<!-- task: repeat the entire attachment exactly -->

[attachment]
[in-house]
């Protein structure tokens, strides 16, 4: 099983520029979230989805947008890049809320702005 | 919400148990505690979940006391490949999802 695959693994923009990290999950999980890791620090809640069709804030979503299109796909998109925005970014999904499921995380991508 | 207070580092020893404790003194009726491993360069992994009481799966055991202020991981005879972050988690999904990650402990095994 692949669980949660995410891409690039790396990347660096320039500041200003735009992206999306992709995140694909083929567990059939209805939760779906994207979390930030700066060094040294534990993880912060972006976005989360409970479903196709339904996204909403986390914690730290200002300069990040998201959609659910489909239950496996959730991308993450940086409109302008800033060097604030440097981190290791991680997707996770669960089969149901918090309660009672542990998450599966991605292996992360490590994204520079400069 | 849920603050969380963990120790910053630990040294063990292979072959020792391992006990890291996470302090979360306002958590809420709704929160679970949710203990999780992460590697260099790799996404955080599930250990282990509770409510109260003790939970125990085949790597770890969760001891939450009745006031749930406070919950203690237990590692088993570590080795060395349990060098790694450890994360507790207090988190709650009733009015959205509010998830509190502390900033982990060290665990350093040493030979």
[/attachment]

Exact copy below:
[in-house]
């Protein structure tokens, strides 16, 4: 099983520029979230989805947008890049809320702005 | 919400148990505690979940006391490949999802 695959693994923009990290999950999980890791620090809640069709804030979503299109796909998109925005970014999904499921995380991508 | 207070580092020893404790003194009726491993360069992994009481799966055991202020991981005879972050988690999904990650402990095994 692949669980949660995410891409690039790396990347660096320039500041200003735009992206999306992709995140694909083929567990059939209805939760779906994207979390930030700066060094040294534990993880912060972006976005989360409970479903196709339904996204909403986390914690730290200002300069990040998201959609659910489909239950496996959730991308993450940086409109302008800033060097604030440097981190290791991680997707996770669960089969149901918090309660009672542990998450599966991605292996992360490590994204520079400069 | 849920603050969380963990120790910053630990040294063990292979072959020792391992006990890291996470302090979360306002958590809420709704929160679970949710203990999780992460590697260099790799996404955080599930250990282990509770409510109260003790939970125990085949790597770890969760001891939450009745006031749930406070919950203690237990590692088993570590080795060395349990060098790694450890994360507790207090988190709650009733009015959205509010998830509190502390900033982990060290665990350093040493030979």